As we look forward to the National Democratic Alliance (NDA) government's last budget in February—an interim one that may yet contain some direct tax proposals—it is a good time to ponder over one of the great paradoxes of the Modi government’s budgets. None of the five regular budgets presented so far set the Yamuna on fire. They were, to put it mildly, underwhelming. Barring a promise in the second budget to bring corporate taxes down to 25%—a promise still to be fully kept—there was nothing particularly innovative in them. 

In contrast, the big NDA innovations have happened outside and around the budget. Thus, while the budgets themselves were insipid, they have been revolutionized in their innards. Revenue and expenditure management is now a year-round process, not a one-off exercise focused on the budget.

Consider: with the abolition of the Planning Commission, our budgets abandoned the old outlay bifurcations into plan and non-plan. It’s now all about revenue and capital. Then, in one of the biggest moves towards reducing populism and bringing focus to execution, the railway budget got merged into the general budget two years ago. With the advancement of budget day by a month, spending now can begin from the start of the fiscal year on 1 April. And, with the implementation of the goods and services tax (GST) from July 2017, revenue proposals involving most indirect taxes were tossed out of the budget speech and into the GST Council’s lap.

Even the fisc is now getting fixed outside the budget, with excise hikes being notified regularly as oil prices started crashing in 2014. Interest rates were brought down and tax compliance improved through a non-budgetary measure—demonetization. Compliance has also been pressured by linking PAN with Aadhaar.

To be sure, some of the big game-changing social sector moves of the government have come through budgetary proposals, but most of their implementation is outside the mainstream government machinery. Thus, the Jan Dhan Yojana, which was important to make the direct benefits transfer scheme work, was implemented by public sector banks.

Subsidies on LPG (liquified petroleum gas) were cut by exhorting people to #GiveItUp, with some of the savings going to fund other subsidies (eg, the Ujjwala scheme). The Aadhaar (Targeted Delivery of Financial and Other Subsidies, Benefits and Services) Act, 2016, was smuggled through as a money bill—a quasi-budgetary exercise—and managed to pass muster with the Supreme Court in September. Capital-short banks themselves have been recapitalized less through budget provisions and more through bonds that don’t impact the fiscal deficit immediately.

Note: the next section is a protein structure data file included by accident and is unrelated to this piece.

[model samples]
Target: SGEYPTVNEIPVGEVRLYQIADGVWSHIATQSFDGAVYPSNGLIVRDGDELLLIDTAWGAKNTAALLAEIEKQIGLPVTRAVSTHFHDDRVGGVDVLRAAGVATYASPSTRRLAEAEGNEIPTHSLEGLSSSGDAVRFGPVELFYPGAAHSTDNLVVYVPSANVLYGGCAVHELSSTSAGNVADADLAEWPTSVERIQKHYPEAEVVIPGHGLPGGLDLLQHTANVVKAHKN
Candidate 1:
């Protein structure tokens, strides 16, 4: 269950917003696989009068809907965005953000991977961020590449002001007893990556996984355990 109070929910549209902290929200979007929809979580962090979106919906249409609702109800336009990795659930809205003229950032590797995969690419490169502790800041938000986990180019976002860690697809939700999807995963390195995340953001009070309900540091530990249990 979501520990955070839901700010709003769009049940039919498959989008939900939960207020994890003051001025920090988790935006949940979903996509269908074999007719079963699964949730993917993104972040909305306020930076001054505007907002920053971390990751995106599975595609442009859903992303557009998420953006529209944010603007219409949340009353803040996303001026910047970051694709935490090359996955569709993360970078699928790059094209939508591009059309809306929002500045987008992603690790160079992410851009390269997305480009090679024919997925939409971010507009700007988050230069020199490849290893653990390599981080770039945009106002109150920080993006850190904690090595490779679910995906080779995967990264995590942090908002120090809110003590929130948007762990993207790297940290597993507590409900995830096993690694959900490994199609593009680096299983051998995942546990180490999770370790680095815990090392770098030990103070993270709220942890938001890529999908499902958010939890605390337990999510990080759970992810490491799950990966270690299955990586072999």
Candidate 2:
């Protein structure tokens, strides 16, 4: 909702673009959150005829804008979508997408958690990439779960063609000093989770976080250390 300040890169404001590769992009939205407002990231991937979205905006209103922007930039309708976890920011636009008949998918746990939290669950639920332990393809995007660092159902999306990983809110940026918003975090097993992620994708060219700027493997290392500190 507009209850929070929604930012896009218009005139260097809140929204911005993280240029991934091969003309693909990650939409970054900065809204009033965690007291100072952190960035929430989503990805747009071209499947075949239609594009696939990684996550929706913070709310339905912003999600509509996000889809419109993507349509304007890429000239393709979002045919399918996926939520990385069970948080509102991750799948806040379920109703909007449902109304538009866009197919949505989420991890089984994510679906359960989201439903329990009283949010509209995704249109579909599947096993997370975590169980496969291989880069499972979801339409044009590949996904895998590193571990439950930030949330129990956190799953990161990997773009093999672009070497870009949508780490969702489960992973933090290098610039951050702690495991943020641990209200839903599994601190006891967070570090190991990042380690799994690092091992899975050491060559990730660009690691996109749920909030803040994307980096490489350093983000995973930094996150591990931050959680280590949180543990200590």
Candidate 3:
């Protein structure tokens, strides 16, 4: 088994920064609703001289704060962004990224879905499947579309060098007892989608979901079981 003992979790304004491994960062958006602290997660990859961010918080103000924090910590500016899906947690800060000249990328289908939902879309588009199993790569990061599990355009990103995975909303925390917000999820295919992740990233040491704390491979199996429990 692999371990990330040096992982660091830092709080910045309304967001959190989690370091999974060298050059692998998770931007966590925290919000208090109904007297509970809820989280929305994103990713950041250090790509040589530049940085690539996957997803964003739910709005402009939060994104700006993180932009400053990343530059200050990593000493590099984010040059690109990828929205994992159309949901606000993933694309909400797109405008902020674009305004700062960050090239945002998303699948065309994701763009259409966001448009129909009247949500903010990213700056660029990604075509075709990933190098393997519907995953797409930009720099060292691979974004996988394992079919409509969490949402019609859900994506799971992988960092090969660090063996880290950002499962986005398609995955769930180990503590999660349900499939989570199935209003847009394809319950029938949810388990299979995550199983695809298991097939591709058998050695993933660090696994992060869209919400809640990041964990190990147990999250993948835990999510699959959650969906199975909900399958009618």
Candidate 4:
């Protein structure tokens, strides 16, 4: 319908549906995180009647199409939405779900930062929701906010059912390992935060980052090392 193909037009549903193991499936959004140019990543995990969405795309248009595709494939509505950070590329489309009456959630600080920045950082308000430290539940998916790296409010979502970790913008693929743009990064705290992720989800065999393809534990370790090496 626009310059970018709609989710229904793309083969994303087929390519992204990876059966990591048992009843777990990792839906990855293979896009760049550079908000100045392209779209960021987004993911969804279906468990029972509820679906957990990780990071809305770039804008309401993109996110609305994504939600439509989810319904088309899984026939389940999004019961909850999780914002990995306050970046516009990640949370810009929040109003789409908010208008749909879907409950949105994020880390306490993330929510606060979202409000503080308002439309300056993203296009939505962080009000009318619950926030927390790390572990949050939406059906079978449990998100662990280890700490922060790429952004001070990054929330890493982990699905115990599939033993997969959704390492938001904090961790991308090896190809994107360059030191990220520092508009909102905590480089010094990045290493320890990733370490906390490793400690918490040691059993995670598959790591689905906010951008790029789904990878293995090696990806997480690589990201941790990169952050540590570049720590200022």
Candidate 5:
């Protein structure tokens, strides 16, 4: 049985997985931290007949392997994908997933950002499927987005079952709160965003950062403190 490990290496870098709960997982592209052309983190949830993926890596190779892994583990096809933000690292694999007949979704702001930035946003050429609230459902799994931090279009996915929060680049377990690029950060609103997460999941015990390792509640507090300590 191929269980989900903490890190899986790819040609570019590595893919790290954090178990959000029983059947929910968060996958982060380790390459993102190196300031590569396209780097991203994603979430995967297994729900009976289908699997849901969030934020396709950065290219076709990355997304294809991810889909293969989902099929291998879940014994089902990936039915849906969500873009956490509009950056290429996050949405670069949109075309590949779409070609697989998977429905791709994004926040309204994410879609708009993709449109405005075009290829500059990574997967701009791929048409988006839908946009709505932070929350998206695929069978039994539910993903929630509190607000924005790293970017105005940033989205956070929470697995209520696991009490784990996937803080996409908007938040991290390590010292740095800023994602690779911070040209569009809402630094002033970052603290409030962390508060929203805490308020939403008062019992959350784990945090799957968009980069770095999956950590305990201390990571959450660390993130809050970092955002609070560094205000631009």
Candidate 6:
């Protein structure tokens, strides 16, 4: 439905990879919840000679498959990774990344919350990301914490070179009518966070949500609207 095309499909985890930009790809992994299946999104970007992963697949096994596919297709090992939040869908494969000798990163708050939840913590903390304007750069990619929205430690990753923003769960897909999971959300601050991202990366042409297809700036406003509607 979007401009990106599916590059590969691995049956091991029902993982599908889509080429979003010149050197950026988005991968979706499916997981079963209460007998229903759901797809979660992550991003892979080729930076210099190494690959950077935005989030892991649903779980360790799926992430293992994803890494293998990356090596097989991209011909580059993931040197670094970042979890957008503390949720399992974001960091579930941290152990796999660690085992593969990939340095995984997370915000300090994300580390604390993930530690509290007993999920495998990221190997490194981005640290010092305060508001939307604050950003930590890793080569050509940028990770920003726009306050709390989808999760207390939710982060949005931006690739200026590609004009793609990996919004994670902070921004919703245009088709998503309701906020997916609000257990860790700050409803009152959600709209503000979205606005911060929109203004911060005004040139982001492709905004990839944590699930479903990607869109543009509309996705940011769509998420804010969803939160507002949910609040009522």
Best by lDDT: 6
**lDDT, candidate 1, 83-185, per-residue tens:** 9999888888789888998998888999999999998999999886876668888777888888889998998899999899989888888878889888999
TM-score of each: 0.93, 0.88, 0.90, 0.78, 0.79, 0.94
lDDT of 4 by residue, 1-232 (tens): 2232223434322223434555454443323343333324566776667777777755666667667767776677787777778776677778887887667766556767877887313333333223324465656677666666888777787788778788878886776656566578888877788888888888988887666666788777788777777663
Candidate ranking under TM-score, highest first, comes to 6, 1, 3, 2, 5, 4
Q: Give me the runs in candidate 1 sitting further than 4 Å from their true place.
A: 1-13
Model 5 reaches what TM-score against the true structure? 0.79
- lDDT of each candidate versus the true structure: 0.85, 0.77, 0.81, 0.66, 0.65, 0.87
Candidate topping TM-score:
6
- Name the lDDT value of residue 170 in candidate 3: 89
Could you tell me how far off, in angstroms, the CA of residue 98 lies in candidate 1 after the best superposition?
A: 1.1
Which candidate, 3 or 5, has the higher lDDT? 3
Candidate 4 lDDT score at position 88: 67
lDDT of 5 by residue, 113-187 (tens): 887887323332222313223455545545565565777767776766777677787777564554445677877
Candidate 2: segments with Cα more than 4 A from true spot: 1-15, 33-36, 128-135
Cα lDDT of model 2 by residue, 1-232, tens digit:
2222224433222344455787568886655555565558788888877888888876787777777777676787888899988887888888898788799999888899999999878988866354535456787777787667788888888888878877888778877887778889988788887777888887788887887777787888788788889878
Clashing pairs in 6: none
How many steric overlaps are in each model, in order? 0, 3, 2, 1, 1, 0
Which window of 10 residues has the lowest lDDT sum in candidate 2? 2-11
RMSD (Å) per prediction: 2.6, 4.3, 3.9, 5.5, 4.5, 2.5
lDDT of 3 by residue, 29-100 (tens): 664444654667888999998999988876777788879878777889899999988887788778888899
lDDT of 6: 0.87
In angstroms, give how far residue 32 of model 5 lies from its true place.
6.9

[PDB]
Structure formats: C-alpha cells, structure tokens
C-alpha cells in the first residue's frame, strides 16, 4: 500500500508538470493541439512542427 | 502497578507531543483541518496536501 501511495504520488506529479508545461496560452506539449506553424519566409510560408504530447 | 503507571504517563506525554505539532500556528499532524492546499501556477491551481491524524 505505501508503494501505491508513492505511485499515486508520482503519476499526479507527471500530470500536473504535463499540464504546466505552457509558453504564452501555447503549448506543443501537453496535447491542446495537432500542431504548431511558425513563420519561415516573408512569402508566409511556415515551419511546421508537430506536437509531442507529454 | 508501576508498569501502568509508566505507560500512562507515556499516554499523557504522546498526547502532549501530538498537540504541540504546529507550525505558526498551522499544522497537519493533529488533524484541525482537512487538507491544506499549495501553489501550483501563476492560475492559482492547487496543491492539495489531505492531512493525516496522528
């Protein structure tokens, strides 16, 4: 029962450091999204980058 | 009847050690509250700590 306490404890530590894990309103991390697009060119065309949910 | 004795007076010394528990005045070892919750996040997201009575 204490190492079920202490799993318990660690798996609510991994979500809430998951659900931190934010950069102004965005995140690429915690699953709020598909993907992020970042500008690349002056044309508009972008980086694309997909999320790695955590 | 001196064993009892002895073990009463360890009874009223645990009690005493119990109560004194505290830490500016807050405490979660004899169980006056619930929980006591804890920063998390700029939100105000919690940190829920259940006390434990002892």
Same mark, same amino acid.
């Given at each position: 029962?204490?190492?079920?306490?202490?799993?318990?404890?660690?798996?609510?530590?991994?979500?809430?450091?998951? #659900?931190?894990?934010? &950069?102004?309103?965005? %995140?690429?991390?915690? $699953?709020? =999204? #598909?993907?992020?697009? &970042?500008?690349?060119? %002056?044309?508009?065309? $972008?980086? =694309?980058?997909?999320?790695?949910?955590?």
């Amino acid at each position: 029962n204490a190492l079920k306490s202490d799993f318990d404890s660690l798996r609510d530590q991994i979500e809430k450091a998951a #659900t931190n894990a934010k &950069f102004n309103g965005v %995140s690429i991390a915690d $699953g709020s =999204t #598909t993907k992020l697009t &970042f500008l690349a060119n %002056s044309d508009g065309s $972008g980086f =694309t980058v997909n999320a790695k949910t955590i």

The purpose of enumerating all this is simple: increasingly, the excitement surrounding the budget has been steadily reducing, and we no longer need to wait for the finance minister to arrive with his black box to know what’s in store. Budgets in the future will thus be more about bhashans and enunciating politico-economic priorities, with only some elements of direct taxes and import duties now amenable to yearly changes. And even this may end once we adopt a new Direct Taxes Code, and customs duties settle at a steady level after the current bout of trade wars end.

In interim budget 2019-20, finance minister Arun Jaitley can do two more things to make direct taxes predictable and boring in future years. First, he can cut corporate taxes to 25% for all companies, as promised in his 2015-16 budget.

Next, he can inflation-index income tax exemption limits, so that this no longer needs to come as budget announcement every year. If retail inflation is up 5%, the basic exemption can rise by the same proportion automatically, subject to some rounding off. And, instead of item-specific deductions, section 80C can have an omnibus limit of, say, 3 lakh, which can be used for provident fund, principal and interest repayments on home loans, insurance, post office schemes, equity-linked savings scheme (ELSS) and subscriptions to the national pension scheme, among other things.

Thus, instead of incentivizing this specific kind of saving or that, the choice will be left to the individual taxpayer.

For long-term stability in terms of expectations, budgets need to be boringly predictable for all classes of taxpayers, from corporates to individuals. Jaitley, true to his past practice of producing boring budgets, should attempt these changes so that budget day fades into irrelevance.

R. Jagannathan is editorial director of Swarajya magazine.

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